Priorities, People. Priorities.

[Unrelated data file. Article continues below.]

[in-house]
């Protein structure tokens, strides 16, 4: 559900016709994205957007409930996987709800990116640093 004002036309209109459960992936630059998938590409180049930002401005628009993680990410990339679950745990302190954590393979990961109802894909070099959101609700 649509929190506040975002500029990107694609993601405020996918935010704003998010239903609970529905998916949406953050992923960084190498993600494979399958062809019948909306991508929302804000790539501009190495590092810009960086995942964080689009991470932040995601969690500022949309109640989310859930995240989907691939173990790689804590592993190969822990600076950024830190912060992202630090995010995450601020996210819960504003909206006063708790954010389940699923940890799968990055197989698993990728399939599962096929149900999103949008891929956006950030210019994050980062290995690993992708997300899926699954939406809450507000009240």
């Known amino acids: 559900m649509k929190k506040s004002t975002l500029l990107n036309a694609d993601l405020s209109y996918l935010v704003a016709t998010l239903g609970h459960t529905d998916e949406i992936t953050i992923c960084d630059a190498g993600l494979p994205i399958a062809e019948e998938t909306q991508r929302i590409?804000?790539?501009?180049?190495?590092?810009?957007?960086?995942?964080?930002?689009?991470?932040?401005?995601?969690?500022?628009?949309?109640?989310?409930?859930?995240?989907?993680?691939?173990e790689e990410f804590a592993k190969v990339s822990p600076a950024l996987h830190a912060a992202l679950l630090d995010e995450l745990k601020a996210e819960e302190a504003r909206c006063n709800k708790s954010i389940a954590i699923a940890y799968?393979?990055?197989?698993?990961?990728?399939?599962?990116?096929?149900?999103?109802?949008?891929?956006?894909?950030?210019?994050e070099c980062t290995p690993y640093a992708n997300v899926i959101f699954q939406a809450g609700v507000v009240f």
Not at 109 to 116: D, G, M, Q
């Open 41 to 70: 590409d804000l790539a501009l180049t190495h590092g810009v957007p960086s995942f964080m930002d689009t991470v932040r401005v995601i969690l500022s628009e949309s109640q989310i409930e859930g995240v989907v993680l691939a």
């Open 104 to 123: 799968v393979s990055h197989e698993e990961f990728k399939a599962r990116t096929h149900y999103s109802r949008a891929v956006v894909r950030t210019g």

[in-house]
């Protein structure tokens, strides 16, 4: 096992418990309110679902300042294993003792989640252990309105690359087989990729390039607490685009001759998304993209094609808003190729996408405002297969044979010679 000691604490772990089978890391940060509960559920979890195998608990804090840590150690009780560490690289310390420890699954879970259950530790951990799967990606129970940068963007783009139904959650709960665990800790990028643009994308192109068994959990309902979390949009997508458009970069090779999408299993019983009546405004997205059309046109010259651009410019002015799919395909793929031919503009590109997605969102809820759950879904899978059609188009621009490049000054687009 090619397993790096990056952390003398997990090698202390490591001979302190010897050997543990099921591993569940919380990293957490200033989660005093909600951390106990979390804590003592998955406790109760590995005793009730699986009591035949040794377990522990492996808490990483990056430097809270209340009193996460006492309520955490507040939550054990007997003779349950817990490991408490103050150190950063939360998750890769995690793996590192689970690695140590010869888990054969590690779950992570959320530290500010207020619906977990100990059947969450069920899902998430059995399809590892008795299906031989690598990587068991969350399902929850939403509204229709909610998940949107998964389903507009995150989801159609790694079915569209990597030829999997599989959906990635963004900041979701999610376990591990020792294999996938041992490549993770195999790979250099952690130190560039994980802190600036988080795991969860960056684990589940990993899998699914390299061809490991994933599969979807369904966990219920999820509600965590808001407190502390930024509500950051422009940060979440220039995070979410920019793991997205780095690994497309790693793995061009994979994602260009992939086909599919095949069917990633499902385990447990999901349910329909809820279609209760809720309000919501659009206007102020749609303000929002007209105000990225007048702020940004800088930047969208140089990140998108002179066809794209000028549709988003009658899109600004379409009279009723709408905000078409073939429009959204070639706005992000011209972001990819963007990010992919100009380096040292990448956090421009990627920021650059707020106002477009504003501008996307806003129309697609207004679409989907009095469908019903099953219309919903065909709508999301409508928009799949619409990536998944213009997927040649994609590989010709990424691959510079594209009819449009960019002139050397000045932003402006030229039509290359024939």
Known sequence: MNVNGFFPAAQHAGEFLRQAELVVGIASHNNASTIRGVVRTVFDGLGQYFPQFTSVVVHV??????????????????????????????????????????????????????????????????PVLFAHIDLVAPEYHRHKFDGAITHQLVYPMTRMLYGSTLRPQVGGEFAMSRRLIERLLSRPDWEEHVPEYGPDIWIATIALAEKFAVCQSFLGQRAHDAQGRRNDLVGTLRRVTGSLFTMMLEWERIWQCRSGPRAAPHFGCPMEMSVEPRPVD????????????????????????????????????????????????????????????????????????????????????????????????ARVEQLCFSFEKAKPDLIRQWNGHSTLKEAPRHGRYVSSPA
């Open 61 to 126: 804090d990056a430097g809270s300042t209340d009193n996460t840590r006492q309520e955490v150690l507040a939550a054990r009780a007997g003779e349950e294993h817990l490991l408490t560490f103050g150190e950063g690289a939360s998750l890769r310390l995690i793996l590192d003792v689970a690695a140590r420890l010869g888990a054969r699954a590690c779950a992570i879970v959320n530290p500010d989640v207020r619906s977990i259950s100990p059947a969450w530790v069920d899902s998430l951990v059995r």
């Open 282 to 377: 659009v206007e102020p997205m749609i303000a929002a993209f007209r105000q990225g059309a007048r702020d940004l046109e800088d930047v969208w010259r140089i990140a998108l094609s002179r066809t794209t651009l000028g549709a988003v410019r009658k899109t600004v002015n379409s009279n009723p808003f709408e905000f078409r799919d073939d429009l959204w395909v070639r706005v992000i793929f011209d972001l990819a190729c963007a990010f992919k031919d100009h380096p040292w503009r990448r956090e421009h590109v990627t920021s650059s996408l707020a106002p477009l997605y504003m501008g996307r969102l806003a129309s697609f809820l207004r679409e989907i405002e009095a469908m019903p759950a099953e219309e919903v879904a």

Citizens of the world, the time to heed our call is now. Scientists such as myself feel both fortunate that this global issue has finally captured the attention of world leaders and frustrated that despite the best available forecasts and statistics, not enough is being done to attack this problem at its core. For every alert and aware politician like Al Gore who has trumpeted the need for change, there are still five more who seem blissfully unaware that America’s future, as well as the planet’s, is in jeopardy unless we put aside partisan bickering and accept scientific fact for what it is---an inconvenient truth. As I write today, there are no less than forty accepted studies which prove beyond a shadow of a doubt that by the year 2030---perhaps even sooner---the Earth will have completely depleted its natural reserves of folksy, fond anecdotes of the New York Yankees of the nineteen forties and fifties. Our society is churning through golden memories of DiMaggio, Rizzuto, the Mick, Yogi Berra, and Casey Stengel at an alarming rate without any concern for the future---a horrible future where aging sportswriters simply won’t be able to reminisce with traditional dubious accuracy in print and in televised media about the mid-century Yankee legends which made their childhoods so cloyingly joyous. Because of a stunning profusion of documentaries, books, and articles about the golden age of baseball, original oral tales of the Clipper’s home plate heroics, Yogi’s timely quips, and Mickey’s good-natured carousing are disappearing left and right. How can we convey to our own children how freaking transcendent all these schmoes apparently were if we are unable someday to produce a single original story of Whitey Ford’s mound prowess or the way Yankee Stadium’s left field bleachers smelled on a summer afternoon? So I beg of you all, please do what you can to conserve every overly described moment of Don Larsen’s perfect game, every list of Bill Dickey and Red Ruffing’s favorite places to smoke cigars while in Pittsburgh, and every tale of a spoiled imp's sadness at seeing Brooklyn’s team move to L.A., no matter how implausible or discredited these stories might turn out to be. The world of tomorrow will thank you---and only you can make that world recognizable to us.